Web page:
Cambro was in attendance today at the NEHA AEC – HACCP Educational Session which focused on new mandates regarding preventive controls and important information on how food operators can protect their liability, brand and livelihood by implementing food safety management plans to reduce the risk of a food safety outbreak. Managing food safety risks in restaurants and retails operations has never been more important.
Did You Know?
The annual cost of foodborne illness in terms of pain and suffering, reduced productivity, and medical costs is estimated to be $80+ billion. – 2001 Food Code Public Health Service – Food & Drug Administration U.S. Department of Health and Human Services
Top 5 Foodborne Illness Risk Factors Include:
- Food from unsafe sources
- Inadequate cooking
- Improper holding temperatures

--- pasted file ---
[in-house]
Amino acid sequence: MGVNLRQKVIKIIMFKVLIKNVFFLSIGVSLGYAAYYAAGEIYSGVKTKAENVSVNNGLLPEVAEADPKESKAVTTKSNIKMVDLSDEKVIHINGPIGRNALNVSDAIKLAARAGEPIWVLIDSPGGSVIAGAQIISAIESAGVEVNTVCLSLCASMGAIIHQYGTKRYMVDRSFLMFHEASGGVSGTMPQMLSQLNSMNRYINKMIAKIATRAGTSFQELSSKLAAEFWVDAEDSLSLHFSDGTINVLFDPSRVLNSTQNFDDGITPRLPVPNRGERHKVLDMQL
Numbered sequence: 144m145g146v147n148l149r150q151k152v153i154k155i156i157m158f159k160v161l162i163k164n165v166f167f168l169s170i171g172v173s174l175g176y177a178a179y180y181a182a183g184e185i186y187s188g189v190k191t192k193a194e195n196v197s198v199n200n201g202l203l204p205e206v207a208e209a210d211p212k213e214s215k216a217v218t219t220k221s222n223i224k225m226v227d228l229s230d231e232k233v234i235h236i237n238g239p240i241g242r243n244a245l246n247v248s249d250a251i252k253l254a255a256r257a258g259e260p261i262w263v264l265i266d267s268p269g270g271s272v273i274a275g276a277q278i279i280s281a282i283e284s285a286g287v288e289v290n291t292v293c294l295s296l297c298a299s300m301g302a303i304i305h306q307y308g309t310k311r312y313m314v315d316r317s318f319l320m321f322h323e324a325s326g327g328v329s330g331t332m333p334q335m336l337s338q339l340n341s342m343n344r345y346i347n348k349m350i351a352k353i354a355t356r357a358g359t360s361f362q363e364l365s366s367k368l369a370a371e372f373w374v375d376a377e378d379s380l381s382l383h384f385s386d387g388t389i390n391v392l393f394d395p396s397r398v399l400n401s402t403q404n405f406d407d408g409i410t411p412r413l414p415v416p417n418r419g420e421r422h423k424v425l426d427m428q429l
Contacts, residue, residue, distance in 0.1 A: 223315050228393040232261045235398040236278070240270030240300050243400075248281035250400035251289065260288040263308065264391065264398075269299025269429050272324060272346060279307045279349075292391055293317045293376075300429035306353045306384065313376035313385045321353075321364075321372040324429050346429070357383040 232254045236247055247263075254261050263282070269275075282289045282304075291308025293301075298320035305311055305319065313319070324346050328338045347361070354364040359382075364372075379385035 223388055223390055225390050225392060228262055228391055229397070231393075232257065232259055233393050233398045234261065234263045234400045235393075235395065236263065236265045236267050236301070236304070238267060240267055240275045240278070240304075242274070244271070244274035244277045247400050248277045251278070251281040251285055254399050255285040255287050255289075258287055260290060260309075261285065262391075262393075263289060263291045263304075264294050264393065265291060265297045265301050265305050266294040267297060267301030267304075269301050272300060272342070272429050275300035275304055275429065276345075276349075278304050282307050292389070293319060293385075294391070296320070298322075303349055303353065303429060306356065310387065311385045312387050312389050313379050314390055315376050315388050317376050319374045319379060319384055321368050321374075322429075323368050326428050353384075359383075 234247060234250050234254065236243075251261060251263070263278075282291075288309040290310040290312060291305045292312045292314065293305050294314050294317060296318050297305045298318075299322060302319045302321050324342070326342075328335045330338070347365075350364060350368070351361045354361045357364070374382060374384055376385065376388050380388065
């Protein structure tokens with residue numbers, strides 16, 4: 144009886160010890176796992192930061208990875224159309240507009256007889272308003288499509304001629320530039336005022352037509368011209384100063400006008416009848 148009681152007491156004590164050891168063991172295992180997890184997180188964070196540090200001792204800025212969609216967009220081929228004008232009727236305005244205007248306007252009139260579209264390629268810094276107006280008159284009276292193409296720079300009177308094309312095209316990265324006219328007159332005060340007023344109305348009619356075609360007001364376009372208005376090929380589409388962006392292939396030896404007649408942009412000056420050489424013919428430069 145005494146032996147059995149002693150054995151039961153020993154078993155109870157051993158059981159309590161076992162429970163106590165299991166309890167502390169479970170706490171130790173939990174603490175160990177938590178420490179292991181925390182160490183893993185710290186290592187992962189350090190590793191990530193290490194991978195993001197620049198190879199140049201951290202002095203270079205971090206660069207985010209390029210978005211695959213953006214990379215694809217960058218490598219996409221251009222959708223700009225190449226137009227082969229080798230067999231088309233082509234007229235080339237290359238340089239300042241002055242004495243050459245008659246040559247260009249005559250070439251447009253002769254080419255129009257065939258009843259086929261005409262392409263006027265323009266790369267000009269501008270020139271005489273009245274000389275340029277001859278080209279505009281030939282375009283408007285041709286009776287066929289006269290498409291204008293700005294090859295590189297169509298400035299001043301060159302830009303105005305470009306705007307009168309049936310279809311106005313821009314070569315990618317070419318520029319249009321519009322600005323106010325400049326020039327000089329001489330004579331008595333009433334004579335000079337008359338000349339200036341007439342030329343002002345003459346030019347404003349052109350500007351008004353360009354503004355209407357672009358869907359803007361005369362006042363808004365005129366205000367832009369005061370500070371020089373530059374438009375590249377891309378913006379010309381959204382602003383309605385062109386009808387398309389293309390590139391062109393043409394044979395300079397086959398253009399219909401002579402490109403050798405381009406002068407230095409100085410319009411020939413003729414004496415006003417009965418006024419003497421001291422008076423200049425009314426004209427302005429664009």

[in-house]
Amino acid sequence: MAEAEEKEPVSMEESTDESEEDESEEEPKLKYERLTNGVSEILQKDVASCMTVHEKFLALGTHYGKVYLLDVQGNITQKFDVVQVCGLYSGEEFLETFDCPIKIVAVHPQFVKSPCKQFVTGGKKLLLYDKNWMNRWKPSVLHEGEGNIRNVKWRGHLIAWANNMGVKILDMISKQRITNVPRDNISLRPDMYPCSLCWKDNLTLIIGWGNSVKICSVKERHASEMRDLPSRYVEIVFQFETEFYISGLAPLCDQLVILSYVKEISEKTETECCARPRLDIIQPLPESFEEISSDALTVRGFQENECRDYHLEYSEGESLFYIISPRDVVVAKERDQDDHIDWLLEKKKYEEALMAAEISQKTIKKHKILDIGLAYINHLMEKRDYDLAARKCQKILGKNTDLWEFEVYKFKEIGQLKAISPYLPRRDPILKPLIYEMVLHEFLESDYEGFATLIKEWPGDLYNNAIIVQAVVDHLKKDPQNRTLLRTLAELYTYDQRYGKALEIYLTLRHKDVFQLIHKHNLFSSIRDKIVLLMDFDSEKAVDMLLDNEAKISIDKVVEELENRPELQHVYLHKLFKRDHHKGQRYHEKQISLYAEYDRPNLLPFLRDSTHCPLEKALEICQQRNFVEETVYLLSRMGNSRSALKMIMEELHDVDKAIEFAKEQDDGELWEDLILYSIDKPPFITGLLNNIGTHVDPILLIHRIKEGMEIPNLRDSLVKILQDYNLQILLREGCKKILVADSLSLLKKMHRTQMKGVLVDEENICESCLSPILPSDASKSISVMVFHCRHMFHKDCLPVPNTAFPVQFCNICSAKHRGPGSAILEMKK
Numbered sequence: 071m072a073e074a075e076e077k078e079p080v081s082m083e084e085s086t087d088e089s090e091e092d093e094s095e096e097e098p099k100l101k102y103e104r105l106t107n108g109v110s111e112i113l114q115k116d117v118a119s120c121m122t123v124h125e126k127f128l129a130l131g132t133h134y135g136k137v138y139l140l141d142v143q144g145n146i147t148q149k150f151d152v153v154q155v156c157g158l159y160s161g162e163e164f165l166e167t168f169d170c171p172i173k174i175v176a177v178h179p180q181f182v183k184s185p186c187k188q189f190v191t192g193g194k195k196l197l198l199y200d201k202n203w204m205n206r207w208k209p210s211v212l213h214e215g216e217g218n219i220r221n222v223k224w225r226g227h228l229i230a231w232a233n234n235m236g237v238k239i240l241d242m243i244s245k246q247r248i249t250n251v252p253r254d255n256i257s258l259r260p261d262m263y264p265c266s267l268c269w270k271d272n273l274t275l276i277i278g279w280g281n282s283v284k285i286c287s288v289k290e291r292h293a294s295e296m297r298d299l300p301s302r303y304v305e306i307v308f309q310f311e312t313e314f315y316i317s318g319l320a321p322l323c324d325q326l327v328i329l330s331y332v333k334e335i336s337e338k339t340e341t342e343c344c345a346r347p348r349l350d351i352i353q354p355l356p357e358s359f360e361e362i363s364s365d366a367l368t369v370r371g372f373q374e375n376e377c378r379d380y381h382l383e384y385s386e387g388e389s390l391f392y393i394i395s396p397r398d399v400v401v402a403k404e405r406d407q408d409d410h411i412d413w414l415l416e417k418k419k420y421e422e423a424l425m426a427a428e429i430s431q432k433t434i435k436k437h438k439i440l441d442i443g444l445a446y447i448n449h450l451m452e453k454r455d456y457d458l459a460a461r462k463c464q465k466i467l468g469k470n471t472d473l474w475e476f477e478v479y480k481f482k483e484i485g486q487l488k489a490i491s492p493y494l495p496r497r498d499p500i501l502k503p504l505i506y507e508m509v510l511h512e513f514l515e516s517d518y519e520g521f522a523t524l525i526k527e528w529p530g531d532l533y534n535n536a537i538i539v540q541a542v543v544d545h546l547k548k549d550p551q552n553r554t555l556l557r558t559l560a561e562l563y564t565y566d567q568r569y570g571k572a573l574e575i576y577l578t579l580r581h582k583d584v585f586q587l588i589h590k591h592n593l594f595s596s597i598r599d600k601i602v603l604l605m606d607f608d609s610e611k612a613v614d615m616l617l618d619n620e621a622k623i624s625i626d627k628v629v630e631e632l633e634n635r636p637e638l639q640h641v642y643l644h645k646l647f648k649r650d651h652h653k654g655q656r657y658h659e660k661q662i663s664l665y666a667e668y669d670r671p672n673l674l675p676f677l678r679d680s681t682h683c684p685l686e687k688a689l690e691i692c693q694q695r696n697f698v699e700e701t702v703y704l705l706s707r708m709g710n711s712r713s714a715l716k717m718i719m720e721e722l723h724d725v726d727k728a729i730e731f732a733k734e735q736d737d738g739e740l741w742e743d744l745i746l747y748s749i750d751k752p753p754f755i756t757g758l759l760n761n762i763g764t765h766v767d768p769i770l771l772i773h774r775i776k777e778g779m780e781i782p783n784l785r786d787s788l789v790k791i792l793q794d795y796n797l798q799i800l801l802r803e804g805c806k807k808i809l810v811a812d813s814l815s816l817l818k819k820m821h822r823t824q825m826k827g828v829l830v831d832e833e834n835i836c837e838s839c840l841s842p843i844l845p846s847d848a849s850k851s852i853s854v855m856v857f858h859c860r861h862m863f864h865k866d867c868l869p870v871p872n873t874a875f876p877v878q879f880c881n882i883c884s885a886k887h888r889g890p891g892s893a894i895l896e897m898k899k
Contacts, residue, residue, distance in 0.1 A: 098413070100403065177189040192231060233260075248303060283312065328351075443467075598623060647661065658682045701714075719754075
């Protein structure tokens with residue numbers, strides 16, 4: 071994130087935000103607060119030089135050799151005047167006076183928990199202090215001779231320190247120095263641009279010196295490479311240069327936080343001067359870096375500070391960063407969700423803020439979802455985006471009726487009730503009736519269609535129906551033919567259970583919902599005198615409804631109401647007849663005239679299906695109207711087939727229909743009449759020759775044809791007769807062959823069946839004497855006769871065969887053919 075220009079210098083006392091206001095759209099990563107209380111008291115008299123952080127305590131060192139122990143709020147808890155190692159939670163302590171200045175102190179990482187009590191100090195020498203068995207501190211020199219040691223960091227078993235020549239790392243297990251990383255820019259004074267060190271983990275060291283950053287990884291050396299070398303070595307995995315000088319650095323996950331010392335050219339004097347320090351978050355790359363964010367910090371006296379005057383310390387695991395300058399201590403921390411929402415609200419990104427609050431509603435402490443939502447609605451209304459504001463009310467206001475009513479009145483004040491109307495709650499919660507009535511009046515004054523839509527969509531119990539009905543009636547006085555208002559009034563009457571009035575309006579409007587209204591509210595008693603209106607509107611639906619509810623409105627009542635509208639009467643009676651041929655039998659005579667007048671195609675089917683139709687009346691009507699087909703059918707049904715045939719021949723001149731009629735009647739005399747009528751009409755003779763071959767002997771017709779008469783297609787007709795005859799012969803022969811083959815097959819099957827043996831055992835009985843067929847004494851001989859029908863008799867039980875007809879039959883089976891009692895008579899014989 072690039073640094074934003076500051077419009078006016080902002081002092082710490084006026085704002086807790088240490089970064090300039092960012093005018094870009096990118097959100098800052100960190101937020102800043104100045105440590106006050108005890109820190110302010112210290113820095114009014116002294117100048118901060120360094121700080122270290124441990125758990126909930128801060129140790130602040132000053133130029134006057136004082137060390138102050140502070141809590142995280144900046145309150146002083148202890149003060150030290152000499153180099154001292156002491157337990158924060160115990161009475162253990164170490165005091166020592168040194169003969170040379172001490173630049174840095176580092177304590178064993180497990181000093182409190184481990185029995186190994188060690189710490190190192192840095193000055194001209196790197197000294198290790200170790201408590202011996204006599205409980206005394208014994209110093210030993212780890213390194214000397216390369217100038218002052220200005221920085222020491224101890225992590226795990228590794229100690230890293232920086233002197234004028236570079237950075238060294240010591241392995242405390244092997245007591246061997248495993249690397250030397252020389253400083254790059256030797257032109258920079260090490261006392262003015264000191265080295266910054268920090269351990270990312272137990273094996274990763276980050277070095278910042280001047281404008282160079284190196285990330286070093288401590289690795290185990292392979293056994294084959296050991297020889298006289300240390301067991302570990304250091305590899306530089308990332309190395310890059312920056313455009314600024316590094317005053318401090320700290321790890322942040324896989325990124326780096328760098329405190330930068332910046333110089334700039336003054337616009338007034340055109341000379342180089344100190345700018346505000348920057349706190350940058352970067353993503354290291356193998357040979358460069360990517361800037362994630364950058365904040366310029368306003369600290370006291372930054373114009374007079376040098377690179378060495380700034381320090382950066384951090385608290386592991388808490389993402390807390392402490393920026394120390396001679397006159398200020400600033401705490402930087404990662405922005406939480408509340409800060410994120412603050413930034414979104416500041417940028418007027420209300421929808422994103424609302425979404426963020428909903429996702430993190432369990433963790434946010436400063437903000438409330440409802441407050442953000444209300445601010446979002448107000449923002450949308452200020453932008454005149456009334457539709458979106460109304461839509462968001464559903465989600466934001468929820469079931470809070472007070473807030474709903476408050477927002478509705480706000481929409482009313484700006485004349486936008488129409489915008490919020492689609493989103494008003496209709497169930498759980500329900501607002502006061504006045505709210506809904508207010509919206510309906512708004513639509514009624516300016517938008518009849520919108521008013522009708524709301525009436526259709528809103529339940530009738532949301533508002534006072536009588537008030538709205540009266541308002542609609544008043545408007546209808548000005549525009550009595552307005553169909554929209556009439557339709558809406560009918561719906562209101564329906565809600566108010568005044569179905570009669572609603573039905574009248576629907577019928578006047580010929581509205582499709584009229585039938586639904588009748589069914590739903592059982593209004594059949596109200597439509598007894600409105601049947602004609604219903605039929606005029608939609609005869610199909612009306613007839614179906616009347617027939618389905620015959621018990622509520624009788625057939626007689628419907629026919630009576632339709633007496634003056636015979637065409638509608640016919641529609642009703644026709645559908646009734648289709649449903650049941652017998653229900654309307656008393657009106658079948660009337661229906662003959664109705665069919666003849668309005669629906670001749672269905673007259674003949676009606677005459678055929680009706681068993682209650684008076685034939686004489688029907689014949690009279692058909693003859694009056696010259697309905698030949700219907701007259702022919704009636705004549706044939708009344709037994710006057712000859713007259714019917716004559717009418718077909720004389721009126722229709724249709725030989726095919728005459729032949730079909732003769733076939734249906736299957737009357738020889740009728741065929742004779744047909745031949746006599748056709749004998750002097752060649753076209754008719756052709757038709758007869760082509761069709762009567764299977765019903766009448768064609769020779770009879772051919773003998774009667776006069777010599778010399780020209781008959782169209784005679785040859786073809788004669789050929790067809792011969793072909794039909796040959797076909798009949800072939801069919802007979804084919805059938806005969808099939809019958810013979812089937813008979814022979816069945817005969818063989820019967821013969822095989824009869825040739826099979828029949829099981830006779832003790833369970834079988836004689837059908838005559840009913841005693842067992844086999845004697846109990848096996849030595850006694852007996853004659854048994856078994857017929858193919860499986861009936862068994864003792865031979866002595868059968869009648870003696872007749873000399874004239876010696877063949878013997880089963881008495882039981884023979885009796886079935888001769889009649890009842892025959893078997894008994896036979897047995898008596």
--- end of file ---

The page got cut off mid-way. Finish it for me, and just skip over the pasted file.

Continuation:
- Contaminated equipment
- Poor personal hygiene
“Every player in the flow of food from farm to fork has some degree of responsibility for food safety. As foodservice operators you are the last line of defense before food reaches the consumer,” shared Victoria Griffith who led the HACCP Educational session and is a credentialed Certified Professional in Food Safety with over 15 years of experience.
HACCP implementation embodies a preventative rather than reactive approach to food safety. The goal in applying HACCP principles in foodservice is to have the operator, take purposeful actions to ensure safe food.
“Just like a well-played chess game, building a food safety management system takes time, patience, and determination.”
Victoria Griffith, President of Griffith Safety Group a credentialed Certified Professional in Food Safety with over 15 years of experience managing quality assurance for large-scale high-volume restaurants. www.griffithsafetygroup.com
On Twitter: Victoria Griffith @foodsafetyqueen
The National Environmental Health Association (NEHA) is an educational and professional organization that represents and supports professionals in the field of environmental health throughout the United States.
Categories: Food Safety
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